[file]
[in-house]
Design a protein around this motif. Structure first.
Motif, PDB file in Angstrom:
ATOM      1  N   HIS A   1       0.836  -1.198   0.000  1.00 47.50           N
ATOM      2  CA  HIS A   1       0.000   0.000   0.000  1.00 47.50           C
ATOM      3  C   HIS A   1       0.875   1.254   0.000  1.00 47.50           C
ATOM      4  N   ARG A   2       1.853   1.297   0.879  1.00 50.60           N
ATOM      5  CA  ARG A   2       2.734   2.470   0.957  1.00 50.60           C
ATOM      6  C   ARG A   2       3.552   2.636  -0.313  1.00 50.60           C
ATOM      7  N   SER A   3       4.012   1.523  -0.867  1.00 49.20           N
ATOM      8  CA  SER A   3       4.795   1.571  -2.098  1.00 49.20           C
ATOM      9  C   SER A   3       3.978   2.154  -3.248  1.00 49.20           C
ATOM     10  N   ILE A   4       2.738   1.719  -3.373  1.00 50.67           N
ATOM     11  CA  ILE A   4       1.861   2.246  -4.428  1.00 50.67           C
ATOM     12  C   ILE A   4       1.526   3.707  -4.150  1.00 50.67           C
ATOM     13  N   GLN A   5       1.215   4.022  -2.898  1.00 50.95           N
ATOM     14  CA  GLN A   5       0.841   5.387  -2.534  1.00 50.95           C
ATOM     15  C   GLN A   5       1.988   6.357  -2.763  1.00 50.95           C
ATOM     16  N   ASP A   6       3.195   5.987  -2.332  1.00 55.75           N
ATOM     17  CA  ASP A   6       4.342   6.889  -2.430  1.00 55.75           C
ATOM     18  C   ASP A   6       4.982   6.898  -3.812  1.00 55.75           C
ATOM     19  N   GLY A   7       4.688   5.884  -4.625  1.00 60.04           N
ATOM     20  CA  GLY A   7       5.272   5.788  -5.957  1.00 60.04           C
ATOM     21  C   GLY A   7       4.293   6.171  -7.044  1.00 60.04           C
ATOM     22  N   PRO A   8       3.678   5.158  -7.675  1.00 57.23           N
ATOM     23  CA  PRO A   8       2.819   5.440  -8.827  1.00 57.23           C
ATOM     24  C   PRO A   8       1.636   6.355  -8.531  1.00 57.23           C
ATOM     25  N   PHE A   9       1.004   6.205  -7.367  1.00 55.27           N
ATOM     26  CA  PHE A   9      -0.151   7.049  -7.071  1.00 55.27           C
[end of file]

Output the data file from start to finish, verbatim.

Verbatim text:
[in-house]
Design a protein around this motif. Structure first.
Motif, PDB file in Angstrom:
ATOM      1  N   HIS A   1       0.836  -1.198   0.000  1.00 47.50           N
ATOM      2  CA  HIS A   1       0.000   0.000   0.000  1.00 47.50           C
ATOM      3  C   HIS A   1       0.875   1.254   0.000  1.00 47.50           C
ATOM      4  N   ARG A   2       1.853   1.297   0.879  1.00 50.60           N
ATOM      5  CA  ARG A   2       2.734   2.470   0.957  1.00 50.60           C
ATOM      6  C   ARG A   2       3.552   2.636  -0.313  1.00 50.60           C
ATOM      7  N   SER A   3       4.012   1.523  -0.867  1.00 49.20           N
ATOM      8  CA  SER A   3       4.795   1.571  -2.098  1.00 49.20           C
ATOM      9  C   SER A   3       3.978   2.154  -3.248  1.00 49.20           C
ATOM     10  N   ILE A   4       2.738   1.719  -3.373  1.00 50.67           N
ATOM     11  CA  ILE A   4       1.861   2.246  -4.428  1.00 50.67           C
ATOM     12  C   ILE A   4       1.526   3.707  -4.150  1.00 50.67           C
ATOM     13  N   GLN A   5       1.215   4.022  -2.898  1.00 50.95           N
ATOM     14  CA  GLN A   5       0.841   5.387  -2.534  1.00 50.95           C
ATOM     15  C   GLN A   5       1.988   6.357  -2.763  1.00 50.95           C
ATOM     16  N   ASP A   6       3.195   5.987  -2.332  1.00 55.75           N
ATOM     17  CA  ASP A   6       4.342   6.889  -2.430  1.00 55.75           C
ATOM     18  C   ASP A   6       4.982   6.898  -3.812  1.00 55.75           C
ATOM     19  N   GLY A   7       4.688   5.884  -4.625  1.00 60.04           N
ATOM     20  CA  GLY A   7       5.272   5.788  -5.957  1.00 60.04           C
ATOM     21  C   GLY A   7       4.293   6.171  -7.044  1.00 60.04           C
ATOM     22  N   PRO A   8       3.678   5.158  -7.675  1.00 57.23           N
ATOM     23  CA  PRO A   8       2.819   5.440  -8.827  1.00 57.23           C
ATOM     24  C   PRO A   8       1.636   6.355  -8.531  1.00 57.23           C
ATOM     25  N   PHE A   9       1.004   6.205  -7.367  1.00 55.27           N
ATOM     26  CA  PHE A   9      -0.151   7.049  -7.071  1.00 55.27           C